Consequences of Defaulting on Your Federal Student Loans

If you took out a federal student loan to pay for your education and like many young Americans find yourself currently unemployed and unable to repay your loans you could be facing some serious consequences.

What recourse does the government have to collect on defaulted student loans?

Seizing Tax Refunds

One action the government can take to collect on unpaid student loans is to use your tax refund to offset the amount due on your defaulted loans and they can continue to take your tax returns until the defaulted loans are paid in full. You can challenge a tax refund. To find out more information on valid reasons to challenge a tax refund visit www.studentloanborrowerassistance.org.

Garnishment

The government can also garnish up to 15% of your disposable income when you default on your student loans. Like in the instance of a seizure of your tax refund, you can also challenge a wage garnishment and you can find assistance on how to do so at www.studentloanborrowerassistance.org. You can also contact the holder of the loan and try to negotiate a repayment schedule.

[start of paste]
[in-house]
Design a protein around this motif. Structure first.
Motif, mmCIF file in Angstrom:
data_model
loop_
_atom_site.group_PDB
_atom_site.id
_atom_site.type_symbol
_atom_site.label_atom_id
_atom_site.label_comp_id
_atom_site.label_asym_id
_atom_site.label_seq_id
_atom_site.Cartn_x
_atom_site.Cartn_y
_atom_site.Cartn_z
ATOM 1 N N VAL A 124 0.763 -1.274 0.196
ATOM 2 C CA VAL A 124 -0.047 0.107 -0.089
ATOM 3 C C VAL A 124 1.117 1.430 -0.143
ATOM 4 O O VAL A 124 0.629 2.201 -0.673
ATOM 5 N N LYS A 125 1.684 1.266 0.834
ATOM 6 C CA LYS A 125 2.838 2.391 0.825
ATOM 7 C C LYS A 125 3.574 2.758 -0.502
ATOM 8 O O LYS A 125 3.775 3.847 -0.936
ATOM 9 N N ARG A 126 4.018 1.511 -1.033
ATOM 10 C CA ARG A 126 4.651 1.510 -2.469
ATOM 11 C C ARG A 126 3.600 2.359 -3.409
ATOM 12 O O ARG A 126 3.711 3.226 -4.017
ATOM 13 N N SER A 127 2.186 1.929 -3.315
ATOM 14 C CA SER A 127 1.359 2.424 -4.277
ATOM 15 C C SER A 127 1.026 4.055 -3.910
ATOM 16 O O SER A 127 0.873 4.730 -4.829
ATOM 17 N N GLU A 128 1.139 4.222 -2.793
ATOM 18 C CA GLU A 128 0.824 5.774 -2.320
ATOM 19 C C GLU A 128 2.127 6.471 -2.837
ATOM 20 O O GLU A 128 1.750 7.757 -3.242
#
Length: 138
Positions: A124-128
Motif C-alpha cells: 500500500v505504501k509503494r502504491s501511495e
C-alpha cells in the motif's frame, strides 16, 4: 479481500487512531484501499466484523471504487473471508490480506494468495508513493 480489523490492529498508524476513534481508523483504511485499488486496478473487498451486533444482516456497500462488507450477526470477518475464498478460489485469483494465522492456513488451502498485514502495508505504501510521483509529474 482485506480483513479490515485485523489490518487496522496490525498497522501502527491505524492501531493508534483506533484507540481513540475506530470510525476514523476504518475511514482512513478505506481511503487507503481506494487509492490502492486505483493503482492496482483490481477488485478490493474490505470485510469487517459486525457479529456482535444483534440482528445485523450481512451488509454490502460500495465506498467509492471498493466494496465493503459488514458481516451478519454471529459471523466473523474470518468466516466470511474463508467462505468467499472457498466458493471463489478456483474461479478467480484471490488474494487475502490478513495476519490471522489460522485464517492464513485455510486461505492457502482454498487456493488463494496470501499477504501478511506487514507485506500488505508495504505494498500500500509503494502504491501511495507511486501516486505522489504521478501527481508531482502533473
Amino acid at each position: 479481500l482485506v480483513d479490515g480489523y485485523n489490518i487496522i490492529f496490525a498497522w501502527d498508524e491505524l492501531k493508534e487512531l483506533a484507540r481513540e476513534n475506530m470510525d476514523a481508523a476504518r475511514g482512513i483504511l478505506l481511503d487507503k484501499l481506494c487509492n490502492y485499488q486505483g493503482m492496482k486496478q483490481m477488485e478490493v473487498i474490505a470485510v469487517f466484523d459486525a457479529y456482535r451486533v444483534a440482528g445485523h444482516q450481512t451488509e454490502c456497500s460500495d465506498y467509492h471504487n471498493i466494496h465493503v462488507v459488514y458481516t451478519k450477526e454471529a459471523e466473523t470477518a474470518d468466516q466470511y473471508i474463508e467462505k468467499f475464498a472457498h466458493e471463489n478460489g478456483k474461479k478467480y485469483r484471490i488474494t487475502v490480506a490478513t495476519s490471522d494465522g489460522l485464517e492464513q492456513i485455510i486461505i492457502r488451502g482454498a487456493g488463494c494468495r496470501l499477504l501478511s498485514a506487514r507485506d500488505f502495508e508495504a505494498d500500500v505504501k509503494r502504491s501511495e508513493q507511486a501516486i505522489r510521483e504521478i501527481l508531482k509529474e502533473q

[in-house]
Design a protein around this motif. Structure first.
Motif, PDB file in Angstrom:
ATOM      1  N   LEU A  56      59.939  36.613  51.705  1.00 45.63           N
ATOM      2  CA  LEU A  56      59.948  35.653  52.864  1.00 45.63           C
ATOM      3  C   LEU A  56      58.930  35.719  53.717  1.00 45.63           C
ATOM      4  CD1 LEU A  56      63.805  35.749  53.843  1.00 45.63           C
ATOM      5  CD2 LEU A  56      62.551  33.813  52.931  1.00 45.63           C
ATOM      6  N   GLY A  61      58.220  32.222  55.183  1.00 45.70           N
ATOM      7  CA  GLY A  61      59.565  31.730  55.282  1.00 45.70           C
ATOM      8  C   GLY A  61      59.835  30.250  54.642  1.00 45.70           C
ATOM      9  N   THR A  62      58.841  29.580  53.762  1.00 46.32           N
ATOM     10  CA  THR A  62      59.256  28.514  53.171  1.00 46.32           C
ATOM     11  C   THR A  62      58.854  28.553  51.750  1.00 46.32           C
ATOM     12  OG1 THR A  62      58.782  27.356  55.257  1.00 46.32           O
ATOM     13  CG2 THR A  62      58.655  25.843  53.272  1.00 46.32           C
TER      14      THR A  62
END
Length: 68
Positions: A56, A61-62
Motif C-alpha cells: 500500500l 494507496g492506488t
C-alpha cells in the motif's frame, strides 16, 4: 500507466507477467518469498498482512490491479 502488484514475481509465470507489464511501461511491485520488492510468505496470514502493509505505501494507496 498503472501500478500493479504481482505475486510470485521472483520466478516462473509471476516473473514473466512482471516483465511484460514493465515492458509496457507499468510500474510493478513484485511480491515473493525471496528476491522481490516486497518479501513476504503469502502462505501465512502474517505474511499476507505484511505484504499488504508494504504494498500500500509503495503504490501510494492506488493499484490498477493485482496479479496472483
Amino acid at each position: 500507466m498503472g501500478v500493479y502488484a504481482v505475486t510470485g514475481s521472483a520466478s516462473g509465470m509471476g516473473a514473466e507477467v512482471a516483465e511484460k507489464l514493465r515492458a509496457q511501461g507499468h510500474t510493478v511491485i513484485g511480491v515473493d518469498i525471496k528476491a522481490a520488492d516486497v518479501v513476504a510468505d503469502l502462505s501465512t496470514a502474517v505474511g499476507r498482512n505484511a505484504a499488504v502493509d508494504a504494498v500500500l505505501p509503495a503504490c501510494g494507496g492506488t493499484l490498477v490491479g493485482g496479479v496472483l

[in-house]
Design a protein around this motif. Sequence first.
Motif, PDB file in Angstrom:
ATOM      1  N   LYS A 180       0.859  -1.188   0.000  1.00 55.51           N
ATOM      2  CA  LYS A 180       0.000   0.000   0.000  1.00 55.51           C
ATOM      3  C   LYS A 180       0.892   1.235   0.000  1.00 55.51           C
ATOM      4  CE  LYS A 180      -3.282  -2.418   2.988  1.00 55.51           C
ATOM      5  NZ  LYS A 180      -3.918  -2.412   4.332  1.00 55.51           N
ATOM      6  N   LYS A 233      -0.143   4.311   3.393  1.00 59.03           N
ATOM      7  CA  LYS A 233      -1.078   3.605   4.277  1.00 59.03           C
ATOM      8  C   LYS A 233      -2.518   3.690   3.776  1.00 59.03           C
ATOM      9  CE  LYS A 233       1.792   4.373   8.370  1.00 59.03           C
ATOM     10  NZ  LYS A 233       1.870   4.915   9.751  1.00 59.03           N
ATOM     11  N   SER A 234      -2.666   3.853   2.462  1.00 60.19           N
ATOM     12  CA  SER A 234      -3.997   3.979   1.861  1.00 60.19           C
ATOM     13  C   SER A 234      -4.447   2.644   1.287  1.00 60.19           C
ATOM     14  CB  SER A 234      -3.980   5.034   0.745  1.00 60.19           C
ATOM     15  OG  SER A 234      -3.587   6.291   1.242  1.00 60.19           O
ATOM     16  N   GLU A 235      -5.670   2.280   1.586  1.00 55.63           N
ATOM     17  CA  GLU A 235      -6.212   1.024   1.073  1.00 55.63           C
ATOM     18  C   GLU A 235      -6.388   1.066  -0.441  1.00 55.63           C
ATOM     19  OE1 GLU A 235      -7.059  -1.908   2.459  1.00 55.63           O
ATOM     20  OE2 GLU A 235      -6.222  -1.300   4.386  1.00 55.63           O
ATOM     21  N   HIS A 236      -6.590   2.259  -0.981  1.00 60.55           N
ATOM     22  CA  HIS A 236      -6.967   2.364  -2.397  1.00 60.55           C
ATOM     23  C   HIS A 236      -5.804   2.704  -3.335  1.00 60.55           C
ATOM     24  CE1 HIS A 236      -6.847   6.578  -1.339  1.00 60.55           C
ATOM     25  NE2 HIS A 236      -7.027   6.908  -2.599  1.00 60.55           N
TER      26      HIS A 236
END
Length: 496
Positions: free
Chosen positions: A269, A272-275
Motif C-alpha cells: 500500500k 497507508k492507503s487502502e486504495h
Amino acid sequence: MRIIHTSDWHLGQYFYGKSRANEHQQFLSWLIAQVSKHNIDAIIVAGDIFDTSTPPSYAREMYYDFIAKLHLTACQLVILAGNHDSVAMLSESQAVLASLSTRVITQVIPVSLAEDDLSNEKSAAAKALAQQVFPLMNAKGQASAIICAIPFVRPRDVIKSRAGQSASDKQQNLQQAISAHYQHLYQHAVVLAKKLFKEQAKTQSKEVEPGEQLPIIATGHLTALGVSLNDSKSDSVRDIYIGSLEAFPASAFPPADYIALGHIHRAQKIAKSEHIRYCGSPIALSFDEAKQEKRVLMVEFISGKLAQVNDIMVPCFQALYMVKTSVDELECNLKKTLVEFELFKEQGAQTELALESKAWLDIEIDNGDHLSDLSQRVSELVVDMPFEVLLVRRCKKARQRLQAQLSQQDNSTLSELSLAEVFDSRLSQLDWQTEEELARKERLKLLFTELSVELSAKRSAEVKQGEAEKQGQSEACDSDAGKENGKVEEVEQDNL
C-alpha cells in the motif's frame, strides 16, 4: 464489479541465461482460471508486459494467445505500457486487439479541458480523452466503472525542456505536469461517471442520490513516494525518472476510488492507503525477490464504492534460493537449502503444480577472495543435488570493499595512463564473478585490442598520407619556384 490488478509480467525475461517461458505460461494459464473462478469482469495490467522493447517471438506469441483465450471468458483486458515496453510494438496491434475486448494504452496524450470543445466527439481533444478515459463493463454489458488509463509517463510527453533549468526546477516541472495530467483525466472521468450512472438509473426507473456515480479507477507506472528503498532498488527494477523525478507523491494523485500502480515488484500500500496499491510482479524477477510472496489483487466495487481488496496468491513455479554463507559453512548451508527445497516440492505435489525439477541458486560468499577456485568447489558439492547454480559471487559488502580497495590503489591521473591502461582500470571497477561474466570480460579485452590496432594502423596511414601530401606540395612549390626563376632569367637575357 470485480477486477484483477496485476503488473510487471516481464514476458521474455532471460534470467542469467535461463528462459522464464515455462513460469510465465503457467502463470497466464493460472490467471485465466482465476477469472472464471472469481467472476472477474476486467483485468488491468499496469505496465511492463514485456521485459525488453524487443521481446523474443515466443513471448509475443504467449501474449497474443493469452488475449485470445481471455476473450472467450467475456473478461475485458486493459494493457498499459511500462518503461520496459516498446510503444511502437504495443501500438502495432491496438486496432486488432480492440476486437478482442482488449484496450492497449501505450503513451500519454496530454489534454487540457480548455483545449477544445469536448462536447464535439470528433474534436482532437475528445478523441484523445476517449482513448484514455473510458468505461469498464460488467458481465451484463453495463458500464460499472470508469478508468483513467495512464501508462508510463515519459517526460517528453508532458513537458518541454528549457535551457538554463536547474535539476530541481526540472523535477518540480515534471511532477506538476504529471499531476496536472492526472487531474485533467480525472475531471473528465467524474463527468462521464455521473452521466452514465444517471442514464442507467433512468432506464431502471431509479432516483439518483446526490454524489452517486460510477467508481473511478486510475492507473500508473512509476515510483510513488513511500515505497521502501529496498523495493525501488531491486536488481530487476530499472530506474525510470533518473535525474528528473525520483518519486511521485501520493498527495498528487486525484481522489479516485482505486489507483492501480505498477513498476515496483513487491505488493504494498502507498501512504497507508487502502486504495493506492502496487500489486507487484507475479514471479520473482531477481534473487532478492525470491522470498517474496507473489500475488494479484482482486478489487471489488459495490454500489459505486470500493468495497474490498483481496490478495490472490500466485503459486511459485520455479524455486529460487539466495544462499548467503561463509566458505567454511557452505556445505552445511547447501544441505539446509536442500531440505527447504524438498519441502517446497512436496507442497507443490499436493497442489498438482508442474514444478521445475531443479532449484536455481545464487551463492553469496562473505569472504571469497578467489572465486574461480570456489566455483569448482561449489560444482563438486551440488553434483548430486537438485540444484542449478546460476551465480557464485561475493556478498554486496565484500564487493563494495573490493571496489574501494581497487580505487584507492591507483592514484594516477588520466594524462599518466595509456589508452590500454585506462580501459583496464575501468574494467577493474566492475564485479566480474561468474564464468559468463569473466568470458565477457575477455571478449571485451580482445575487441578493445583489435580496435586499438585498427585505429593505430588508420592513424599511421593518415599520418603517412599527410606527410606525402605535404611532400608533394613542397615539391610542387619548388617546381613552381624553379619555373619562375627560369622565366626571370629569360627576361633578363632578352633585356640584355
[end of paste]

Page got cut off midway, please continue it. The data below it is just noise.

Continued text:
Seizure of your Federal Benefits

Another action the government can take to collect on defaulted loans is to seize some of your federal benefits like Social Security retirement benefits and disability benefits. However, they can not take more than 15% of your total benefit. 

Lawsuits

Like any other creditor the federal government can file a lawsuit to collect on your unpaid student loans and there is no statute of limitations on filing. If you have been sued for nonpayment of student loans you should contact a lawyer immediately.

What can you do?

Besides the steps outlined above, you can also contact the Department of Education’s Ombudsman at 877-557-2575 or visit its website at www.fsahelp.ed.gov. You may also consider Bankruptcy. There are certain circumstances where federal student loans can be discharged in a Chapter 7 and you should contact Dailey Law Offices for a free consultation to determine whether or not your federal student loans may be qualified for discharge.

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